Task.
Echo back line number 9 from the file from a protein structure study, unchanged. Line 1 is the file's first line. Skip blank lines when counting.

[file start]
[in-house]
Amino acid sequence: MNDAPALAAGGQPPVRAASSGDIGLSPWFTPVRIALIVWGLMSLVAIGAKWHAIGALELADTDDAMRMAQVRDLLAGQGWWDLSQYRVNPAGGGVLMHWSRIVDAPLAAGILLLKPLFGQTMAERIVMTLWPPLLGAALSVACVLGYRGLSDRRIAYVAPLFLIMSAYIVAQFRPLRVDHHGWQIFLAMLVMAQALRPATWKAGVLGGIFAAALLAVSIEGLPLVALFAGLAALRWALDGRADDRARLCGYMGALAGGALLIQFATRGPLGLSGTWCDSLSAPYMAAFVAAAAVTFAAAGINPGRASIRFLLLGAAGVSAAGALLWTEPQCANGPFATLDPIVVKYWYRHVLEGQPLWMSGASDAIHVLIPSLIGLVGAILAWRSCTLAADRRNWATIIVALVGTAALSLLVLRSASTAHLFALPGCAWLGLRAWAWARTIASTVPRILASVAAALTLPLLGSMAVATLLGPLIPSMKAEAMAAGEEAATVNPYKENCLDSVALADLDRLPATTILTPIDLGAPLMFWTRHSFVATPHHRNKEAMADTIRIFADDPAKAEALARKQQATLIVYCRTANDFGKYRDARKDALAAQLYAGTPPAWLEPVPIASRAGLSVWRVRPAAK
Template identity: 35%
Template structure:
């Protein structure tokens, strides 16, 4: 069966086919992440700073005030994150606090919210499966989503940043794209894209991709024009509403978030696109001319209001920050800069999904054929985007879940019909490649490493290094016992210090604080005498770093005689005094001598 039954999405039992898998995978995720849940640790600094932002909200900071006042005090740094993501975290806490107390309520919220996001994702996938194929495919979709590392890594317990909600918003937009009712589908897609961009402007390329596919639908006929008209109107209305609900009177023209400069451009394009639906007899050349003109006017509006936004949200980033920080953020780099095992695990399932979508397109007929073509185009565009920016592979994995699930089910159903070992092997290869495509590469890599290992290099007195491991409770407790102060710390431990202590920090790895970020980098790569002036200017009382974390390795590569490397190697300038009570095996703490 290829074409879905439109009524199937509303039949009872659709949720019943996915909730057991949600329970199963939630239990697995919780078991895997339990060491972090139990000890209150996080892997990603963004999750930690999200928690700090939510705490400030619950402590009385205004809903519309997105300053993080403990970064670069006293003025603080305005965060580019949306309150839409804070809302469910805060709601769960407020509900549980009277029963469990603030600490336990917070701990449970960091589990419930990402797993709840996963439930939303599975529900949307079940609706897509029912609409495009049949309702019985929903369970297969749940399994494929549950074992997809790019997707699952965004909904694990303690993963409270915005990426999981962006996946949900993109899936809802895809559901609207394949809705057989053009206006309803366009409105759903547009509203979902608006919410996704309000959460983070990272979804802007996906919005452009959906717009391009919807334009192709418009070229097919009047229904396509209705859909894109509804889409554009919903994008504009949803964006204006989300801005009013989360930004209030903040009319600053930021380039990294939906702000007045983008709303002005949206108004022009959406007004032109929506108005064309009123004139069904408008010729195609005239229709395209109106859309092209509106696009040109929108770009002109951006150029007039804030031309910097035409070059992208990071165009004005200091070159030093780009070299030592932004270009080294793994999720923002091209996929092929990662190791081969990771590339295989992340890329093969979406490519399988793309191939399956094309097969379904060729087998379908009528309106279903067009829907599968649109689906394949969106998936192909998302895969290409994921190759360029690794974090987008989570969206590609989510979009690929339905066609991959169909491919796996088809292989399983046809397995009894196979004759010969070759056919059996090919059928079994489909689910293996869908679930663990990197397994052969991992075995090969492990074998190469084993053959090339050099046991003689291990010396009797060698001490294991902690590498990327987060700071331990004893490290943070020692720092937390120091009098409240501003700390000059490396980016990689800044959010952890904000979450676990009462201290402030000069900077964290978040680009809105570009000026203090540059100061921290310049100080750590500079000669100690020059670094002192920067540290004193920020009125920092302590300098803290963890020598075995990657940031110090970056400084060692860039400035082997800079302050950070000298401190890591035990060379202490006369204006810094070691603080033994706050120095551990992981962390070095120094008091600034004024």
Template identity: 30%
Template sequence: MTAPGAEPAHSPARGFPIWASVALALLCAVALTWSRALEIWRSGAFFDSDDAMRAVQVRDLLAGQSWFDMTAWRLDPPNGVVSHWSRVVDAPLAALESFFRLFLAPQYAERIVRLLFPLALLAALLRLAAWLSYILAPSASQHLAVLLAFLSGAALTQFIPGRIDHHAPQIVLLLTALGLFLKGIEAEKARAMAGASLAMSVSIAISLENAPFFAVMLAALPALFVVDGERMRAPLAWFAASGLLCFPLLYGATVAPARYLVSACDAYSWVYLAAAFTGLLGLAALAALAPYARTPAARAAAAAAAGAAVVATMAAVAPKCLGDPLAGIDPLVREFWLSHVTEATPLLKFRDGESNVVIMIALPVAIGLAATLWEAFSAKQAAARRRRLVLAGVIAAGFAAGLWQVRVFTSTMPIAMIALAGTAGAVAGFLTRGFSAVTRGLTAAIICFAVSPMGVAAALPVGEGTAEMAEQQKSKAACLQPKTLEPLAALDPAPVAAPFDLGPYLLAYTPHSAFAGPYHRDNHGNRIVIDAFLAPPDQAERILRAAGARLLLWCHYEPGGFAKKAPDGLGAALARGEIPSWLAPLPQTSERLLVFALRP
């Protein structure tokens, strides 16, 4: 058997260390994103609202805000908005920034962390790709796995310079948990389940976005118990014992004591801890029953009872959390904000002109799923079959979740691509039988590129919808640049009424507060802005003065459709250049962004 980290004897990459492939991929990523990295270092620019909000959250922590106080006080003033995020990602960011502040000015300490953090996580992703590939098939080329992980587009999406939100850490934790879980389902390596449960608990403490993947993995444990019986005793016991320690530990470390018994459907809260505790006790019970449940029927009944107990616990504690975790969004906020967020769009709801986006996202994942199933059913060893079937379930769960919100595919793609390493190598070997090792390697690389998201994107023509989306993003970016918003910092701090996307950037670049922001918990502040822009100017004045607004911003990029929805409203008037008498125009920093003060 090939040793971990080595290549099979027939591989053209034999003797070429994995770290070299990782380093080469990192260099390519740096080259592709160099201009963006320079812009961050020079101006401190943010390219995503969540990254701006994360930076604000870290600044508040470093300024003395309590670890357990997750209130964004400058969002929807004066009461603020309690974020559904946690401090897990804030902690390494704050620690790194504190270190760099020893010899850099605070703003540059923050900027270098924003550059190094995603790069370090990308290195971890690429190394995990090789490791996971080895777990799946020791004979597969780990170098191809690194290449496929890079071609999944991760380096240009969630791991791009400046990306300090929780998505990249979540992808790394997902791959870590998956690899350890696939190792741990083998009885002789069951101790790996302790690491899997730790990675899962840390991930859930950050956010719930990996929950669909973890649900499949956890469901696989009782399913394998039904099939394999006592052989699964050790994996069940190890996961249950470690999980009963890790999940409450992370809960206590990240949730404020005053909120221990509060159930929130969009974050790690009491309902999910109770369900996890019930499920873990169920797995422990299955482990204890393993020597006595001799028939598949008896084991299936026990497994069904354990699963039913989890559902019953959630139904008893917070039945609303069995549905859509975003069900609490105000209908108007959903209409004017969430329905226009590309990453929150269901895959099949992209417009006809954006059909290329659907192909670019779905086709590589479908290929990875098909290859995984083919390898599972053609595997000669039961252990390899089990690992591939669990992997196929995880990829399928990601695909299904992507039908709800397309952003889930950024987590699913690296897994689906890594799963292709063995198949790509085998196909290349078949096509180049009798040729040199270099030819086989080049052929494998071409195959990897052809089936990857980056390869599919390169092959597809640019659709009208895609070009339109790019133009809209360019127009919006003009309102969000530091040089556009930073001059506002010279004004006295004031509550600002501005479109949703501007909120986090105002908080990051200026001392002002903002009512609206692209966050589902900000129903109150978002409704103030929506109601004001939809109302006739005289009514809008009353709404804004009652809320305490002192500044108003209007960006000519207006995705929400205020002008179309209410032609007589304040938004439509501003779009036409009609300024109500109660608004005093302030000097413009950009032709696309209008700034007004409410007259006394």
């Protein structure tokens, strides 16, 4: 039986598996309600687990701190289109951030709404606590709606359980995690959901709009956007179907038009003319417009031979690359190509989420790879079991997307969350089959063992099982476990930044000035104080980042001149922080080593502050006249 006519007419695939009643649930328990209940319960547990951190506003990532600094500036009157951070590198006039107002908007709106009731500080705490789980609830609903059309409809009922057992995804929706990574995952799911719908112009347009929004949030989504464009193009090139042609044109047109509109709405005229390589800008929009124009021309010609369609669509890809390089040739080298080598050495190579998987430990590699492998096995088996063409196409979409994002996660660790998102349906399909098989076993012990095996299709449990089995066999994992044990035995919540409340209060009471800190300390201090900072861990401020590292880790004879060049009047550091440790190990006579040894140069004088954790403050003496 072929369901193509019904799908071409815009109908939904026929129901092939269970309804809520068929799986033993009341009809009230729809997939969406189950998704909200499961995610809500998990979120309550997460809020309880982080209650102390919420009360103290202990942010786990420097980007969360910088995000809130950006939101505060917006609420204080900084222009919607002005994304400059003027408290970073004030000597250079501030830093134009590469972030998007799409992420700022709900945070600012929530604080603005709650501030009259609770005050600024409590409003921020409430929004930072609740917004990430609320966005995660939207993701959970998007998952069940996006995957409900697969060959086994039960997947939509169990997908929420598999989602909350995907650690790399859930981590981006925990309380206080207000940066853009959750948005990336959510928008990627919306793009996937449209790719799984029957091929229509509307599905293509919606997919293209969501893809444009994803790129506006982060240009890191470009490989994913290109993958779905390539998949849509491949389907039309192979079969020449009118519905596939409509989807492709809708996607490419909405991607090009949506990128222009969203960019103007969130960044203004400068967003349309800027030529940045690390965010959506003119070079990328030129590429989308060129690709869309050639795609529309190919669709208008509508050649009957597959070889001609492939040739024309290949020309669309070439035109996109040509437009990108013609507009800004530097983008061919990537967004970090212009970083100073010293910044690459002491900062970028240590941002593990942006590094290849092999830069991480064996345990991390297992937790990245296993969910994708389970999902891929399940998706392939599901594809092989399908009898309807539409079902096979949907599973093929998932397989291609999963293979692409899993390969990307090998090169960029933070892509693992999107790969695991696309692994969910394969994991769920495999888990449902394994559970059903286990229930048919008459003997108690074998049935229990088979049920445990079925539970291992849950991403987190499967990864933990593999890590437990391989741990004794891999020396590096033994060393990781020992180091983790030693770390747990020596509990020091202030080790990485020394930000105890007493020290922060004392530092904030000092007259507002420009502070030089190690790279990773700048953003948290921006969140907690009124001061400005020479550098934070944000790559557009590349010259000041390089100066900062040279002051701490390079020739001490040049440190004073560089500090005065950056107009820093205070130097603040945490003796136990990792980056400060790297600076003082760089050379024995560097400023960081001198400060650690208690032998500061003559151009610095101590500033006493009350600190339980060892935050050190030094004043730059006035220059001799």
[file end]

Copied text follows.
């Protein structure tokens, strides 16, 4: 039986598996309600687990701190289109951030709404606590709606359980995690959901709009956007179907038009003319417009031979690359190509989420790879079991997307969350089959063992099982476990930044000035104080980042001149922080080593502050006249 006519007419695939009643649930328990209940319960547990951190506003990532600094500036009157951070590198006039107002908007709106009731500080705490789980609830609903059309409809009922057992995804929706990574995952799911719908112009347009929004949030989504464009193009090139042609044109047109509109709405005229390589800008929009124009021309010609369609669509890809390089040739080298080598050495190579998987430990590699492998096995088996063409196409979409994002996660660790998102349906399909098989076993012990095996299709449990089995066999994992044990035995919540409340209060009471800190300390201090900072861990401020590292880790004879060049009047550091440790190990006579040894140069004088954790403050003496 072929369901193509019904799908071409815009109908939904026929129901092939269970309804809520068929799986033993009341009809009230729809997939969406189950998704909200499961995610809500998990979120309550997460809020309880982080209650102390919420009360103290202990942010786990420097980007969360910088995000809130950006939101505060917006609420204080900084222009919607002005994304400059003027408290970073004030000597250079501030830093134009590469972030998007799409992420700022709900945070600012929530604080603005709650501030009259609770005050600024409590409003921020409430929004930072609740917004990430609320966005995660939207993701959970998007998952069940996006995957409900697969060959086994039960997947939509169990997908929420598999989602909350995907650690790399859930981590981006925990309380206080207000940066853009959750948005990336959510928008990627919306793009996937449209790719799984029957091929229509509307599905293509919606997919293209969501893809444009994803790129506006982060240009890191470009490989994913290109993958779905390539998949849509491949389907039309192979079969020449009118519905596939409509989807492709809708996607490419909405991607090009949506990128222009969203960019103007969130960044203004400068967003349309800027030529940045690390965010959506003119070079990328030129590429989308060129690709869309050639795609529309190919669709208008509508050649009957597959070889001609492939040739024309290949020309669309070439035109996109040509437009990108013609507009800004530097983008061919990537967004970090212009970083100073010293910044690459002491900062970028240590941002593990942006590094290849092999830069991480064996345990991390297992937790990245296993969910994708389970999902891929399940998706392939599901594809092989399908009898309807539409079902096979949907599973093929998932397989291609999963293979692409899993390969990307090998090169960029933070892509693992999107790969695991696309692994969910394969994991769920495999888990449902394994559970059903286990229930048919008459003997108690074998049935229990088979049920445990079925539970291992849950991403987190499967990864933990593999890590437990391989741990004794891999020396590096033994060393990781020992180091983790030693770390747990020596509990020091202030080790990485020394930000105890007493020290922060004392530092904030000092007259507002420009502070030089190690790279990773700048953003948290921006969140907690009124001061400005020479550098934070944000790559557009590349010259000041390089100066900062040279002051701490390079020739001490040049440190004073560089500090005065950056107009820093205070130097603040945490003796136990990792980056400060790297600076003082760089050379024995560097400023960081001198400060650690208690032998500061003559151009610095101590500033006493009350600190339980060892935050050190030094004043730059006035220059001799």